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Nao Sim’s

Backyard bees bring greener gardens

By Katie Dangerfield, , and In the past backyard plum tree yielded only six plums, but last fall the tree…

By Lara Howsam , in Feature story , on April 9, 2010 Tags: , , , , , , ,

Nao Sims displays her worker bees on a honey super

By Katie Dangerfield, , and

In the past backyard plum tree yielded only six plums, but last fall the tree produced six one-gallon pails of plums.

The abundance of fruit is just one of many benefits Sims has noticed since she started keeping two beehives in her backyard last June.

“At the moment what the world needs to know is how important the role of the bee is for humanity,” Sims said. “We would have a very bland existence without the work of these magnificent little-winged friends.”

Sims contributes to an initiative currently underway in Vancouver that promotes the spread of pollination through urban beekeeping.

Video: Nao Sims shows one of her beehives in her East Vancouver backyard.

Pushing the green initiative forward

Vancouver legalized domesticated honey bees in 2005.

Plans were announced in March to place two beehives atop City Hall. They are scheduled to be unveiled on May 29, the National Day of the Honey Bee.

A community garden was planted on the lawn of City Hall last June as part of the . City Councillor Andrea Reimer,  a member of the Greenest City Action Team, said the bees are intended to stimulate growth of vegetation.

“If there are no pollinators,” Reimer said, “it’s like gardening without water.”

A variety of plant life and the lower use of pesticides, compared to that in rural areas, make the city a hospitable environment for bees.

The decline of honeybees has been widely publicized and people are becoming more aware of their impact on the ecosystem.

Allen Garr takes care of 20 public and private hives in Vancouver, including those on top of the , and the .

“Bees are responsible for pollinating about one-third of everything we put in our mouths,” Garr said. “So it’s an important part of our life on Earth – having pollinators.”

The honeycomb will not be ready to harvest until late summer.

He said placing hives on top of City Hall won’t make a large impact on the bee population of Vancouver, but it will send a message.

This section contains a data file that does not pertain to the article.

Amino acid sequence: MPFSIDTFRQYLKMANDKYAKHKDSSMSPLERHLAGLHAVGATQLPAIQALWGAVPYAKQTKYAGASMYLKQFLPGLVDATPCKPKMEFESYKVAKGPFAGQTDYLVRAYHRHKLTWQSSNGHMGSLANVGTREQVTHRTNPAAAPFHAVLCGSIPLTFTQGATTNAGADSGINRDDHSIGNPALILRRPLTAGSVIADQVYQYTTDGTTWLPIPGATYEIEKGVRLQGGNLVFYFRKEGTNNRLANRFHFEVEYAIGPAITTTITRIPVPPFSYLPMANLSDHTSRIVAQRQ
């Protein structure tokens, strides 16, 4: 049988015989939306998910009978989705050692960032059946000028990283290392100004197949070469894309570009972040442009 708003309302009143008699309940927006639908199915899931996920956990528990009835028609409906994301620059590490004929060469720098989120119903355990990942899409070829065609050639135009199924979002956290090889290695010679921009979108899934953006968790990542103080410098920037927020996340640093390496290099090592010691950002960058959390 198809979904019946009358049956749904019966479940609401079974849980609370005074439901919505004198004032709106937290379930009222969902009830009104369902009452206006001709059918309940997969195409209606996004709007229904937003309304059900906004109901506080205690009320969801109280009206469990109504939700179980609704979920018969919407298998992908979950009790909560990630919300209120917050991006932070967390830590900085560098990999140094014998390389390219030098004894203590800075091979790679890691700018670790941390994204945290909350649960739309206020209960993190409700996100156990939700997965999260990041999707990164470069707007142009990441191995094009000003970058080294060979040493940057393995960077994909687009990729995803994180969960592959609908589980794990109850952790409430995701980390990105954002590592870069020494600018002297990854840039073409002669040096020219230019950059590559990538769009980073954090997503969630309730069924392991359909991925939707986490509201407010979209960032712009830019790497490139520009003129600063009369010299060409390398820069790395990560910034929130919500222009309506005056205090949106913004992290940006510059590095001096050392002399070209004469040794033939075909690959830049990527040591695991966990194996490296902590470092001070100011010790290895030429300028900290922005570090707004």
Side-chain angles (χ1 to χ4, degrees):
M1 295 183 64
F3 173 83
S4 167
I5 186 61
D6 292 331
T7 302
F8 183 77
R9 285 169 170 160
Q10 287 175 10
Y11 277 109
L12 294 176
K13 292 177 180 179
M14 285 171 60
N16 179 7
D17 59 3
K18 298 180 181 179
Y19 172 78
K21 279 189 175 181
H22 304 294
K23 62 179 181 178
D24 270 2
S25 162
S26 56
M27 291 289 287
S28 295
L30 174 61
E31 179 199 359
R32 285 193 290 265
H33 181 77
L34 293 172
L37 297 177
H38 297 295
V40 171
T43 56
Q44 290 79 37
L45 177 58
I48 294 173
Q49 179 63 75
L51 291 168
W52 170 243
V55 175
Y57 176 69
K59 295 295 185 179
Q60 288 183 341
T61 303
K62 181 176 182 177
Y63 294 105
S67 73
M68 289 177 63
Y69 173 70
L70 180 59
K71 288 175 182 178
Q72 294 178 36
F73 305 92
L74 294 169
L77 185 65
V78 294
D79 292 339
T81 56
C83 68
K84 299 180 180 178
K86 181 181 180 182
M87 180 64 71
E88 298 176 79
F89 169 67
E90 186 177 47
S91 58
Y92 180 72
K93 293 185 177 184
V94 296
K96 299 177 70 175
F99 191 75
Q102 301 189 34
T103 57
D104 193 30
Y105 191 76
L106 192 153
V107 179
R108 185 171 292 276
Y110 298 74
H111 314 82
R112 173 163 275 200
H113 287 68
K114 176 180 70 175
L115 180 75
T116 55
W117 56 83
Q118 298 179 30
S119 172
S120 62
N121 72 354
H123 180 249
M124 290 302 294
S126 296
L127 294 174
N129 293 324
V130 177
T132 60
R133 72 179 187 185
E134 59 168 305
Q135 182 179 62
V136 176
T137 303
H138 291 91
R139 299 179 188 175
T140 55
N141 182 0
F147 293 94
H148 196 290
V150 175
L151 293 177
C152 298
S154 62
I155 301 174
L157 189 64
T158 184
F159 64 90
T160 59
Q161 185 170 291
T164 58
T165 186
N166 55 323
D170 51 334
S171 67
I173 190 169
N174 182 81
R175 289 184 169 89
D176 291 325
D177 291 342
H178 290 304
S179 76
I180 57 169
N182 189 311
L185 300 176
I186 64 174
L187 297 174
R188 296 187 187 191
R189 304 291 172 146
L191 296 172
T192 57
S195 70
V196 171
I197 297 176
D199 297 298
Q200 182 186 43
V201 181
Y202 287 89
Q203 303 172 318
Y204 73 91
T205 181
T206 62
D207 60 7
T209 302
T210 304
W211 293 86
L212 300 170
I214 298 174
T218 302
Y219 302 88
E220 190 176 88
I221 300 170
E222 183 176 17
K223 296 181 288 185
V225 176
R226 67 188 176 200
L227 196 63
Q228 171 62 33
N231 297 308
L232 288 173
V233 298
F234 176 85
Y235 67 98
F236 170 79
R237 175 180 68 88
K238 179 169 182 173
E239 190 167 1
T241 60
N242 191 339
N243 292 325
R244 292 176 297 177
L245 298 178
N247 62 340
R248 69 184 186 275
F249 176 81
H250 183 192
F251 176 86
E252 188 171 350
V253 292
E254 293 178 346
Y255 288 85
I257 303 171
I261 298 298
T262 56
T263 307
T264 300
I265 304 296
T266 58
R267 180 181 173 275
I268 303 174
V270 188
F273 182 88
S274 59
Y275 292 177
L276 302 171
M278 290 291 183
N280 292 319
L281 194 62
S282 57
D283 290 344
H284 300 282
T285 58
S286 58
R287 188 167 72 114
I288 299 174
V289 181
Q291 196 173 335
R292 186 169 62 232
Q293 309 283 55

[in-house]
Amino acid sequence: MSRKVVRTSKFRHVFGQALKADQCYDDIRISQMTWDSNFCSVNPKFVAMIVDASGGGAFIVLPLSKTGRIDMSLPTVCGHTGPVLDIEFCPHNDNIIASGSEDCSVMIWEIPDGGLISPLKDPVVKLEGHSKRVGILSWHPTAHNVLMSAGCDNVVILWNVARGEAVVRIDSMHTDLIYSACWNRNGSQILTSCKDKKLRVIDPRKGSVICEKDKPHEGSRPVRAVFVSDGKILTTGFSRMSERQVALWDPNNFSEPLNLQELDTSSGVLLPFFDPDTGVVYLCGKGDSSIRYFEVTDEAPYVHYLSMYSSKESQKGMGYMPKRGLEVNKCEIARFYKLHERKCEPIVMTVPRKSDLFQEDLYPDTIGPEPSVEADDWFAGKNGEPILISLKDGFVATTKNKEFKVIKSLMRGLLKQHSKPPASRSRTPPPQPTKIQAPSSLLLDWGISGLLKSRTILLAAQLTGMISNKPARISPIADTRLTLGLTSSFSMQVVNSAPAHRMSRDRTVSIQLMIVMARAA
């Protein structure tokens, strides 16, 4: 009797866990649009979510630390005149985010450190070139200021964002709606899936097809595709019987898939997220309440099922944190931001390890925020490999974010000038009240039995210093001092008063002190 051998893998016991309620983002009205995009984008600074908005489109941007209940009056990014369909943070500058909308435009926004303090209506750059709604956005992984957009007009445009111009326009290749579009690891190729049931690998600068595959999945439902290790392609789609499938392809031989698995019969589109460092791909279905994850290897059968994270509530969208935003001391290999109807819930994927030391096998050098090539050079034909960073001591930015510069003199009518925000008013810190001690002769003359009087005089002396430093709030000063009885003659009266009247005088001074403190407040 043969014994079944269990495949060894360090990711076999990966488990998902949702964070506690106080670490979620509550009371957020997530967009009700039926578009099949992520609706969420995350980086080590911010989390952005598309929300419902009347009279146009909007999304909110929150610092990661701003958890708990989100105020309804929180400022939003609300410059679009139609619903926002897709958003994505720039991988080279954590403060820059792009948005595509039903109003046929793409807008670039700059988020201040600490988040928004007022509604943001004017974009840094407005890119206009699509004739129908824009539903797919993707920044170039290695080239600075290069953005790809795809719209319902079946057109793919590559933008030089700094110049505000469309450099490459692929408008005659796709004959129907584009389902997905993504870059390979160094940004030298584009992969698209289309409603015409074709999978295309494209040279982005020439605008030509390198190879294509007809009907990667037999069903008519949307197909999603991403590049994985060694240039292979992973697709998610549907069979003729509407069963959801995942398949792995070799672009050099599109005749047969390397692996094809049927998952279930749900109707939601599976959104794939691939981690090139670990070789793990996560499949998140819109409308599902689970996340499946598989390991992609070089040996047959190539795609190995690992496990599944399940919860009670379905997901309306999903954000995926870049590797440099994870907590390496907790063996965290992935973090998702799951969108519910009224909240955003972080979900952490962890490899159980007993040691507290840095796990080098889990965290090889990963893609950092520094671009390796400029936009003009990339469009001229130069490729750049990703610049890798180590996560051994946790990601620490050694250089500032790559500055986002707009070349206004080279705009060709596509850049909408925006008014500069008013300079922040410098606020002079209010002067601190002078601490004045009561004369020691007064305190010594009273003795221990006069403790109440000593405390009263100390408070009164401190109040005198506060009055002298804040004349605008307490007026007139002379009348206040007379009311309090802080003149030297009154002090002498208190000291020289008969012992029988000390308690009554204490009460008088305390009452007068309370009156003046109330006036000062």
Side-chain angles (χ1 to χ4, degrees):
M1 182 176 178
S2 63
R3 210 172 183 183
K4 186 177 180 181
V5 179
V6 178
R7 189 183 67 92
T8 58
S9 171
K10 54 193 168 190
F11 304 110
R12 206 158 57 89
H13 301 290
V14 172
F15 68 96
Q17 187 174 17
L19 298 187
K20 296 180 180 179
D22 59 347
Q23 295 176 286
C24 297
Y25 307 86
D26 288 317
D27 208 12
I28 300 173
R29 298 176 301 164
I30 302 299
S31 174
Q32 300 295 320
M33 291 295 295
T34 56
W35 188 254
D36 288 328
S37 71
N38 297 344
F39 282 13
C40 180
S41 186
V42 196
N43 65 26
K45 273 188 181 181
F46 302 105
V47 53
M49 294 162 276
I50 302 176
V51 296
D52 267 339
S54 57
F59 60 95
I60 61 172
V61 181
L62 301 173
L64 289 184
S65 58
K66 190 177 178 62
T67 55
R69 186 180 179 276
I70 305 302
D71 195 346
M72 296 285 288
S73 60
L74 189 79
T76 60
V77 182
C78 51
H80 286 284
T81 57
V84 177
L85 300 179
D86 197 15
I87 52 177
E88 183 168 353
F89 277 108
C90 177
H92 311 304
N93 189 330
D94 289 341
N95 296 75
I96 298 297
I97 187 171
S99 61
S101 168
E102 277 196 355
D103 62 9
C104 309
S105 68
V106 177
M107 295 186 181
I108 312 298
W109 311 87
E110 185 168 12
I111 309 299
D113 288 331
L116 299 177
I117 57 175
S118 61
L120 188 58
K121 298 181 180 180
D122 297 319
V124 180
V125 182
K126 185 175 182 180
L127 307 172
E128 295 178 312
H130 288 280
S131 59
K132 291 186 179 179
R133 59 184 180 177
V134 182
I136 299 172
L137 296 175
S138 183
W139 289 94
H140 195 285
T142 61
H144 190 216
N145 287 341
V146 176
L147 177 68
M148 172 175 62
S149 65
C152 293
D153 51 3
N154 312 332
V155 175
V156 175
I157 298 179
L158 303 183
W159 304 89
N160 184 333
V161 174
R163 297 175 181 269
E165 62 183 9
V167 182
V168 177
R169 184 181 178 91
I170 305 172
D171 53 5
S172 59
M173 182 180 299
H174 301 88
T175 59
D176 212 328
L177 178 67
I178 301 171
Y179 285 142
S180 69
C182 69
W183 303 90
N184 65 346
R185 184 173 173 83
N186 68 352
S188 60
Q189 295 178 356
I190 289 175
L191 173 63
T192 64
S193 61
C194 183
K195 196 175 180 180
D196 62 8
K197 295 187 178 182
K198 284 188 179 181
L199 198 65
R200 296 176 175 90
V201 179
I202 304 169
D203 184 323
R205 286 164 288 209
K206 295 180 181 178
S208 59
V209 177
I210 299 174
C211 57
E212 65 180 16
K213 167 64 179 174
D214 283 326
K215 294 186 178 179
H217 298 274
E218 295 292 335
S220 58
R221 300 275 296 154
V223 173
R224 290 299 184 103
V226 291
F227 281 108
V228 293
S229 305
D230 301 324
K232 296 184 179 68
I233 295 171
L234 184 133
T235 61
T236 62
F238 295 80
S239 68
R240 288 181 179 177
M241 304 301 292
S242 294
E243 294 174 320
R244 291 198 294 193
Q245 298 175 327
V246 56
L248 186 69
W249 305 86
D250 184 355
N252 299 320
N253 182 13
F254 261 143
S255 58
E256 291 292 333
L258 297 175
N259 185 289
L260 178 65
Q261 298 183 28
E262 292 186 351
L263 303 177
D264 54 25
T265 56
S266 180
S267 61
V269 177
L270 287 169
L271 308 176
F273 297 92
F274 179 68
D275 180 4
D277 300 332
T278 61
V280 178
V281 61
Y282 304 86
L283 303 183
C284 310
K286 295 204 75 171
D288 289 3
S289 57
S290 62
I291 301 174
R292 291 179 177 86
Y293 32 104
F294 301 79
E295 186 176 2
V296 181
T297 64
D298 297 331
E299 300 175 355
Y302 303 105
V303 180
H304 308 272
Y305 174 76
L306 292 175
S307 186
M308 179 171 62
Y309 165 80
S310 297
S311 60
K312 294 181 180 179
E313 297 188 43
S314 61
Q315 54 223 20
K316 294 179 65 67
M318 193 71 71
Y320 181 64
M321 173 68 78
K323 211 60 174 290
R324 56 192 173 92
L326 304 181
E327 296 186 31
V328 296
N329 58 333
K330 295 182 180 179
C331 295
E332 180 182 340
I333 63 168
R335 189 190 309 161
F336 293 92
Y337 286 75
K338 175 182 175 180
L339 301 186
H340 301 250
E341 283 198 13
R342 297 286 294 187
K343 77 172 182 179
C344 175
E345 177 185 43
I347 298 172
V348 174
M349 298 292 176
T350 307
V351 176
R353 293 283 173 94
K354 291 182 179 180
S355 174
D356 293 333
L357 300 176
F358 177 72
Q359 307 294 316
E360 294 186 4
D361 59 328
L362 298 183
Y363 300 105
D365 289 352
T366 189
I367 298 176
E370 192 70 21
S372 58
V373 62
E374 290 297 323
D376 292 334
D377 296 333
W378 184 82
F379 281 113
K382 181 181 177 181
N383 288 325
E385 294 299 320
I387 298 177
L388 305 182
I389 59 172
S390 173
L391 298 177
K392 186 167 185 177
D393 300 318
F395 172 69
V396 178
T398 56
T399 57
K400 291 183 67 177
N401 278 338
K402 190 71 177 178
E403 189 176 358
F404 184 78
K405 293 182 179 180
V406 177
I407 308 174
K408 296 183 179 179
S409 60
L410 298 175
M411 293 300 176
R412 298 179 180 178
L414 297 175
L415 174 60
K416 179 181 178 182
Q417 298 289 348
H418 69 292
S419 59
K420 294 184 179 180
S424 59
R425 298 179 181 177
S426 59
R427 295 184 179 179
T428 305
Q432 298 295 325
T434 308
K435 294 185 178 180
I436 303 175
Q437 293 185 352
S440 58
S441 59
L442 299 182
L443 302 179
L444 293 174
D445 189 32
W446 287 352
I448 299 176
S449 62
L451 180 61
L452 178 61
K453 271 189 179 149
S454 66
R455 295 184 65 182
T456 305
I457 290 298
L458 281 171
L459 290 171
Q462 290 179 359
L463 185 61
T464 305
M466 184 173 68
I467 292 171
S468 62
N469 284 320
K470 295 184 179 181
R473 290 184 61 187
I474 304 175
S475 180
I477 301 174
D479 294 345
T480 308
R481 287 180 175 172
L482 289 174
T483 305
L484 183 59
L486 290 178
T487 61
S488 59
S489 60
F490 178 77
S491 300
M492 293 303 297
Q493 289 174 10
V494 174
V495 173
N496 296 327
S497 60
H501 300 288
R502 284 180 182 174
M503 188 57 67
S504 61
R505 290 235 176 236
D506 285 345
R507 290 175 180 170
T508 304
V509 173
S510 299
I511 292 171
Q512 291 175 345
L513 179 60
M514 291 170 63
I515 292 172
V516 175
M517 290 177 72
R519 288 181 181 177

“It’s certainly a symbolic gesture,” Garr said. “It’s a political statement to say that we appreciate the value of these insects.”

Registration of hives is encouraged but not enforced; therefore, it’s difficult to determine the exact numbers of beekeepers and their managed beehives.

Reimer said that since the by-law was introduced there has been no spike in emergency visits due to allergic reactions.

“I am allergic to bees,” Reimer said, “but I am also an avid gardener, so I would learn that my interests are better if I learn to like bees.”

Bees in the city

, a biochemist at the University of British Columbia, studies the immune systems and disease resistance in honey bees.

Foster said hives within the city may increase the yield of fruits and vegetables, but that it would only affect the area within a few kilometre radius.

He also said urban beekeeping is a feasible way to contain a large quantity of honey bees in small human-made hives.

An urban beehive could hold 30,000 honey bees in a half-metre by half-metre area, whereas wild bees need several hectares to generate the same population, he said.

Garr said the effort doesn’t require everyone to keep bees.

This hive is the more gentle of Sims' two backyard beehives.

“It’s a lot of work, money and time,” he said.  “The goal is to use this as an educational tool to make people more aware of what it takes to have a healthy environment.”

Urban beekeeper Nao Sims said the decline in the honey bee caused her to take action and begin beekeeping on her own. Sims’ father was a beekeeper and that fostered her passion for bees.

Sims took a course before she installed her hives. She is a member of the , which holds monthly meetings for beekeepers in the area.

“The secret for me has been talking to experienced beekeepers,” Sims said. “They know things that books can’t really teach you. That has been my saving grace.”

Sims takes care of four additional beehives in outside gardens. She said since she has become a more experienced beekeeper her time commitment is a half-hour per hive per week.

“There is a lot of unaccounted time,” Sims said. “But when you love something, who’s counting!”

Urban beekeeping around the world

Tokyo:
•    The Ginza Honey Bee Project, launched in 2006, keeps hives containing 300,000 honey bees in the upscale Ginza shopping district.
•    Honey bees become aggressive when they see black shiny objects, and are said to that have been attacking people in the city.

Washington, DC:
•     rooftop in Washington, DC houses 105,000 Italian honey bees as a way to serve local honey and grow fresh food for hotel customers. In 2009 it harvested 300 pounds of honey.
•    The Obamas put lawn as a way to pollinate their garden.

Paris:
•    Urban beehives are famously atop the
•   – “Miel recolte sur les toits de l’Opera de Paris” (which translates into honey harvested on the rooftops of the Paris Opera) is sold the opera house gift shop.
•    It is said that the Parisian urban honey has a better taste because cities use less pesticides, and the bees have a variety of vegetation to chose from.

London:
•    Beehives atop the department store in Piccadilly Circus, and these bees at Buckingham Palace.

New York:
•    On March 16, 2010, New Yorkurban beekeeping.
•    Previously as a dangerous or venomous animal along with animals such as hyenas, tarantulas, cobras and dingoes.

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